The need for people who can crunch numbers and explain them is growing. Well, more like exploding and it’s doing so at such a rate that the McKinsey Global Institute predicts a shortage of 190,000 data scientists within five years.
According to the New York Times, data scientists “crunch the data, use mathematical models to analyze it and create narratives or visualizations to explain it, then suggest how to use the information to make decisions” (Miller). Forbes suggests that data science is in essence, the “coupling of the mature discipline of statistics with a very young one–computer science.” The Harvard Business Review went so far as to call data science “the sexiest job in the 21st century.” (That might be a stretch.)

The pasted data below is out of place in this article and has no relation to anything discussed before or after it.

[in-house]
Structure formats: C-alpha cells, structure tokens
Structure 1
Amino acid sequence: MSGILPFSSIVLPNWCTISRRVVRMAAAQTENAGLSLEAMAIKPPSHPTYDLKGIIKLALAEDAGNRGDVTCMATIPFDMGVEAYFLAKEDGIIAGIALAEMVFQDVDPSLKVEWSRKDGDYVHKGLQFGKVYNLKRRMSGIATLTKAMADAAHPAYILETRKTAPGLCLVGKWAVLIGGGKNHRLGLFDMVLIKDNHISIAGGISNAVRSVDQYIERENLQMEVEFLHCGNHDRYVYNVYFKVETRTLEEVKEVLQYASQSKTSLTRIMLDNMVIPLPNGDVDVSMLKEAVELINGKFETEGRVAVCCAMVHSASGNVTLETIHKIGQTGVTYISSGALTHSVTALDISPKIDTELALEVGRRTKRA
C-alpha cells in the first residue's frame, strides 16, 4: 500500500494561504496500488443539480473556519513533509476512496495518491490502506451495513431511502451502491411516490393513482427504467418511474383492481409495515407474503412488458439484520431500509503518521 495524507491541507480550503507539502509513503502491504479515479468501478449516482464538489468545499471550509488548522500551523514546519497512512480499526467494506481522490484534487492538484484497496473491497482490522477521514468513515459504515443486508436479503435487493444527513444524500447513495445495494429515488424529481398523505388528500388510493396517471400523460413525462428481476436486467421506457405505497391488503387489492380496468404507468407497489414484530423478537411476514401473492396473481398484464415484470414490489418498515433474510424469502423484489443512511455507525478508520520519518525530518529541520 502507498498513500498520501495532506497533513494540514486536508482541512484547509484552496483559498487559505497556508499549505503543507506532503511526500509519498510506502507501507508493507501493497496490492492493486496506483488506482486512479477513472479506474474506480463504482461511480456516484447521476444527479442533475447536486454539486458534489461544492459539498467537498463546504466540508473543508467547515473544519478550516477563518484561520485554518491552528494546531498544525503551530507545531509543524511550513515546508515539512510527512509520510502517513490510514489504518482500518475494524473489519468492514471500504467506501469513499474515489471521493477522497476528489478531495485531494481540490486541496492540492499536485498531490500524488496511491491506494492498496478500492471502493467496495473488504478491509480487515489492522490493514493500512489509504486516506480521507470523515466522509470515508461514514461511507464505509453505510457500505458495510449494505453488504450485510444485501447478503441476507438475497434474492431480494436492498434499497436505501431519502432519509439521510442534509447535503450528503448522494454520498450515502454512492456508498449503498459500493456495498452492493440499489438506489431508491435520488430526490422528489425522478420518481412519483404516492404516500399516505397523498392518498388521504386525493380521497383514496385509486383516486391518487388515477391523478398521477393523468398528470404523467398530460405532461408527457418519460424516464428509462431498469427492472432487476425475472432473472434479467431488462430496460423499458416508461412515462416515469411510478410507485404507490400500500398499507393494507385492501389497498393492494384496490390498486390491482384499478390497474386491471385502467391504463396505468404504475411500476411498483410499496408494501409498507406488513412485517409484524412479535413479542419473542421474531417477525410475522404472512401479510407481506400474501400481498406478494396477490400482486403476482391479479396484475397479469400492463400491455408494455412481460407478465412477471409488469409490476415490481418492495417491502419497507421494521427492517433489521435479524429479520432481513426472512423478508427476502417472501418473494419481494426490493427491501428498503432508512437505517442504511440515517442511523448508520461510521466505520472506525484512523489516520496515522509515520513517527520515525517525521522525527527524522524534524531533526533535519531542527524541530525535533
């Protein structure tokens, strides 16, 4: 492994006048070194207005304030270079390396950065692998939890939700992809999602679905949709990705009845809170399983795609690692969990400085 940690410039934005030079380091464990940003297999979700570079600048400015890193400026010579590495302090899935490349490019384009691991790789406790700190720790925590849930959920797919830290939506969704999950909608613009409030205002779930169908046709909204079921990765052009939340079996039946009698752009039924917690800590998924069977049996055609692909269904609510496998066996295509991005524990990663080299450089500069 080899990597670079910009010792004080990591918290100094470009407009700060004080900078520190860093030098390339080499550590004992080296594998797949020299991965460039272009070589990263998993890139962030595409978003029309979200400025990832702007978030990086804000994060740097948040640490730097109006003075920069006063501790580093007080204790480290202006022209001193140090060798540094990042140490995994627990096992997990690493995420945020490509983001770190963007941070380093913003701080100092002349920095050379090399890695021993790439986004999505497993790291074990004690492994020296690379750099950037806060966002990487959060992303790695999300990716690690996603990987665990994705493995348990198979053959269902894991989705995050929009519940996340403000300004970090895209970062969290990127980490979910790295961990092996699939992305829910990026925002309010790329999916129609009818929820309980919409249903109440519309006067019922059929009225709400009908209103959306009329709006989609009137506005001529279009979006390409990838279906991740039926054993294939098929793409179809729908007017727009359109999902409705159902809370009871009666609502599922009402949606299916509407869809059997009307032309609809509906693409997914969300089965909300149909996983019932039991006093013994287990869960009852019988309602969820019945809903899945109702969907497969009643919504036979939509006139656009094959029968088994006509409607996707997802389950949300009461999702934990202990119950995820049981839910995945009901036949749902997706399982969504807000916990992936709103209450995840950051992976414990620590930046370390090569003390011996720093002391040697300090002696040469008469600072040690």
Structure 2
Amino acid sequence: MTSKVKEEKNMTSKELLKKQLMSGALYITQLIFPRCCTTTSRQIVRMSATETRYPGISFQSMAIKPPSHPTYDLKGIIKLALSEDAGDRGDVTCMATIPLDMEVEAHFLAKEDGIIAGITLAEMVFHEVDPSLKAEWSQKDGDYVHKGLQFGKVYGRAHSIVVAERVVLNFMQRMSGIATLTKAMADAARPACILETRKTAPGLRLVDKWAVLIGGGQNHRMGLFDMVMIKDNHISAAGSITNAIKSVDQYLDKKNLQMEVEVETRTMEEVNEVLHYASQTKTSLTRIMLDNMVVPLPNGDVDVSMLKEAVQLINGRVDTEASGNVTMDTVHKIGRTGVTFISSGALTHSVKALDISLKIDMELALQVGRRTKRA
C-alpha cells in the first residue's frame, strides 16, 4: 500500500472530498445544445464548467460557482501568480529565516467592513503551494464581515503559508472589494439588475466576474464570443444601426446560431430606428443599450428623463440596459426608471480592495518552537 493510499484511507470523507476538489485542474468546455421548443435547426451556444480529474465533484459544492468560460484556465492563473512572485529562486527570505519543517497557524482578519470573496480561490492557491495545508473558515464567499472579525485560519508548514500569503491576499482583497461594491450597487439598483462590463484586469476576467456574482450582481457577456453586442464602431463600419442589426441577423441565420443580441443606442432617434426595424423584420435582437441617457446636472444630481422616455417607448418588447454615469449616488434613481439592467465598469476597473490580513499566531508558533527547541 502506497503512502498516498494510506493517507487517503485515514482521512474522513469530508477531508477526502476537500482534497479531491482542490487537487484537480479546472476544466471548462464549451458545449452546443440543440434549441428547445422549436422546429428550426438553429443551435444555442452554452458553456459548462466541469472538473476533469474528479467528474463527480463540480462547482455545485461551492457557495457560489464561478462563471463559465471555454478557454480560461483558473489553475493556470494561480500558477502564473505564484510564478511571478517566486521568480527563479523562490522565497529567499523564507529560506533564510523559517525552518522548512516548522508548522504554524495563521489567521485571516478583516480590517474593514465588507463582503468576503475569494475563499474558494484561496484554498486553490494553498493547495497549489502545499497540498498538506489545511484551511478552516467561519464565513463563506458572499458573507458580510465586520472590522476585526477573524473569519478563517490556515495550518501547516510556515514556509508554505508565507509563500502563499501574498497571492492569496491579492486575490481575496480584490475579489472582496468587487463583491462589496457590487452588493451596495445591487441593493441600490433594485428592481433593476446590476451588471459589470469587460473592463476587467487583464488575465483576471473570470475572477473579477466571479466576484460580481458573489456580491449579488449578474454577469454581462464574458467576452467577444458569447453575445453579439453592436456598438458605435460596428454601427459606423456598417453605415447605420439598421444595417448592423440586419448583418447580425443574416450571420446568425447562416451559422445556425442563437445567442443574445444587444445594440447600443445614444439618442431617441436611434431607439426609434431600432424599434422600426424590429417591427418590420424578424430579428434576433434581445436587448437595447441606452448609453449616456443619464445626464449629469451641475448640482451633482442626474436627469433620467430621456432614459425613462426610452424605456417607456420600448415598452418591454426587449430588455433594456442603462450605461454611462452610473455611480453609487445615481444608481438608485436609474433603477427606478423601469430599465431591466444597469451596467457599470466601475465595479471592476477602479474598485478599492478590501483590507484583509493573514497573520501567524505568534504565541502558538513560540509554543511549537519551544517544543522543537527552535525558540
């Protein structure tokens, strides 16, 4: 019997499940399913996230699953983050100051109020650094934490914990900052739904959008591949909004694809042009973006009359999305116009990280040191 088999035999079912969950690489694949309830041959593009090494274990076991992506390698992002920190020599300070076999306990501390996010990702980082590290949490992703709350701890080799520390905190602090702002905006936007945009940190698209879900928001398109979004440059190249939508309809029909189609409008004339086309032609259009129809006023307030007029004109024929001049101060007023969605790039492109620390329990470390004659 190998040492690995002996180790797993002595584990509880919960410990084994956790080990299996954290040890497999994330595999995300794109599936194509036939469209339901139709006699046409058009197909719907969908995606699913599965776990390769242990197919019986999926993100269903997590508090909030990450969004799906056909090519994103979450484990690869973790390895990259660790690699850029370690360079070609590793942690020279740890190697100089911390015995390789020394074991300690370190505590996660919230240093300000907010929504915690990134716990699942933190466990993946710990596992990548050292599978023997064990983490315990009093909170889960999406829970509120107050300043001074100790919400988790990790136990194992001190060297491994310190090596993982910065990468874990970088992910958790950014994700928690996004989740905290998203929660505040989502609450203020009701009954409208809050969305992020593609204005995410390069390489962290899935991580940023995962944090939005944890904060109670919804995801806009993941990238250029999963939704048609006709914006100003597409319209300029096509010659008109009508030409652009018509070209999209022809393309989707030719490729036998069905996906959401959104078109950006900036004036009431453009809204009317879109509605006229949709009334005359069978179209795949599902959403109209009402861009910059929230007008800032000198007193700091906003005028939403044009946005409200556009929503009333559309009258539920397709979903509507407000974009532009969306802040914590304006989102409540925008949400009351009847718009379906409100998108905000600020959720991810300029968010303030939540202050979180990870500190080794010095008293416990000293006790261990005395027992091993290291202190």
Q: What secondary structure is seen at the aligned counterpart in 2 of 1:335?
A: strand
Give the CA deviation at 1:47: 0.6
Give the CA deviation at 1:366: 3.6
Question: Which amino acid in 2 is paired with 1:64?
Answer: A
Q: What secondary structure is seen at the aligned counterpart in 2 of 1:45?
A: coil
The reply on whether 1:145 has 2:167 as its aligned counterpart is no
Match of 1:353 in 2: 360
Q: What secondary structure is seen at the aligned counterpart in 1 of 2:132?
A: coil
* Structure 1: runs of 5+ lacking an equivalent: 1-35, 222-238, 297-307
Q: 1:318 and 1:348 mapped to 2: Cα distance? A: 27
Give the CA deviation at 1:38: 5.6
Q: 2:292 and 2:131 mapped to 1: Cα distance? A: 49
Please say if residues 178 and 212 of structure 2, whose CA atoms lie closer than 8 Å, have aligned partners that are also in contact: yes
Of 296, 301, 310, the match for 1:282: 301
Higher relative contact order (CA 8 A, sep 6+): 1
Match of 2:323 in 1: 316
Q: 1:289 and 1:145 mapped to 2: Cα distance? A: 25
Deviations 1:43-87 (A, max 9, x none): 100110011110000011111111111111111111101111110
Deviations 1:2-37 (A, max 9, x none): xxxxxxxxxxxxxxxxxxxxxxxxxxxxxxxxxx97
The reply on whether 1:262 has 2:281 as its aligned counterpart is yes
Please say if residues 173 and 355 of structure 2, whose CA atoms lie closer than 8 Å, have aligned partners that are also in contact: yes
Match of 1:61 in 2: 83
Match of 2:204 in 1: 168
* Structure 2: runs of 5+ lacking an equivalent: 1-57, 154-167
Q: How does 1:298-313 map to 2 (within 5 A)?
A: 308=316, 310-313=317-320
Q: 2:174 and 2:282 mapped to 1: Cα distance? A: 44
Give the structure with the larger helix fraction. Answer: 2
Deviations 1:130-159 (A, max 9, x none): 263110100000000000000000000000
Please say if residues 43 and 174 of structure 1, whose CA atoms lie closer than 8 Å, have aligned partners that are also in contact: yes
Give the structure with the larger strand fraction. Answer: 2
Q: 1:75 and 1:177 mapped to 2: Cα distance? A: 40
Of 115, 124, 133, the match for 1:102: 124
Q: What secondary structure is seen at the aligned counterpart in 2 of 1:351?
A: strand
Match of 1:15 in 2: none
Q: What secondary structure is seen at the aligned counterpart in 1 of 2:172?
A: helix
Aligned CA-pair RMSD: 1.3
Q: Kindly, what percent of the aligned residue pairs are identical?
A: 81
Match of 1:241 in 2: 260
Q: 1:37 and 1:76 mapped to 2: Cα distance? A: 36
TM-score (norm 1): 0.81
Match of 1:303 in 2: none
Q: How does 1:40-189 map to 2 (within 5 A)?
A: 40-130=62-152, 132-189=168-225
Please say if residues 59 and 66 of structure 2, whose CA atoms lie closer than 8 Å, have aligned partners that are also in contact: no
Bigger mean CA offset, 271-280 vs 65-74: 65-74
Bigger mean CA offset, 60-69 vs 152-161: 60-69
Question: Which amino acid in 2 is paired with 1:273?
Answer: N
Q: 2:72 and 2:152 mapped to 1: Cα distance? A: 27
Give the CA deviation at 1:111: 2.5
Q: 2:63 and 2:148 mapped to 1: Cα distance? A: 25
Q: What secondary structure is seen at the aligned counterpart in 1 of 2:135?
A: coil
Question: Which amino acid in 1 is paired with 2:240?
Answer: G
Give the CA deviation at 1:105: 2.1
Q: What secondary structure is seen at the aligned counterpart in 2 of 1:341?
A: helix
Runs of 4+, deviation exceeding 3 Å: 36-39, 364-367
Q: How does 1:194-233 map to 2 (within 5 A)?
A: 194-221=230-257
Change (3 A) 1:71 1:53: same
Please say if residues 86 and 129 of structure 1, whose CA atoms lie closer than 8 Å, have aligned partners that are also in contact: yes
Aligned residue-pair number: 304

Corporations can’t get enough data scientists to handle the volume of big data they want to manage and academia are just beginning to define it and develop the curriculum. Those institutions that already have analytic degrees or certificate programs are finding their graduates are being snapped up by companies offering an average salary of $89,000, to upwards of $100,000 for those with experience.
The next logical question might be what does this mean for communicators? PRNews says “If you’re a up-and-coming communications pro with a penchant for math, statistics and science, a data-science focus sounds like a winning career path. ” Yes it does. However, those who are not “number crunchers” naturally can still be highly successful if they are taught to think strategically about analyzing, interpreting, and reporting data.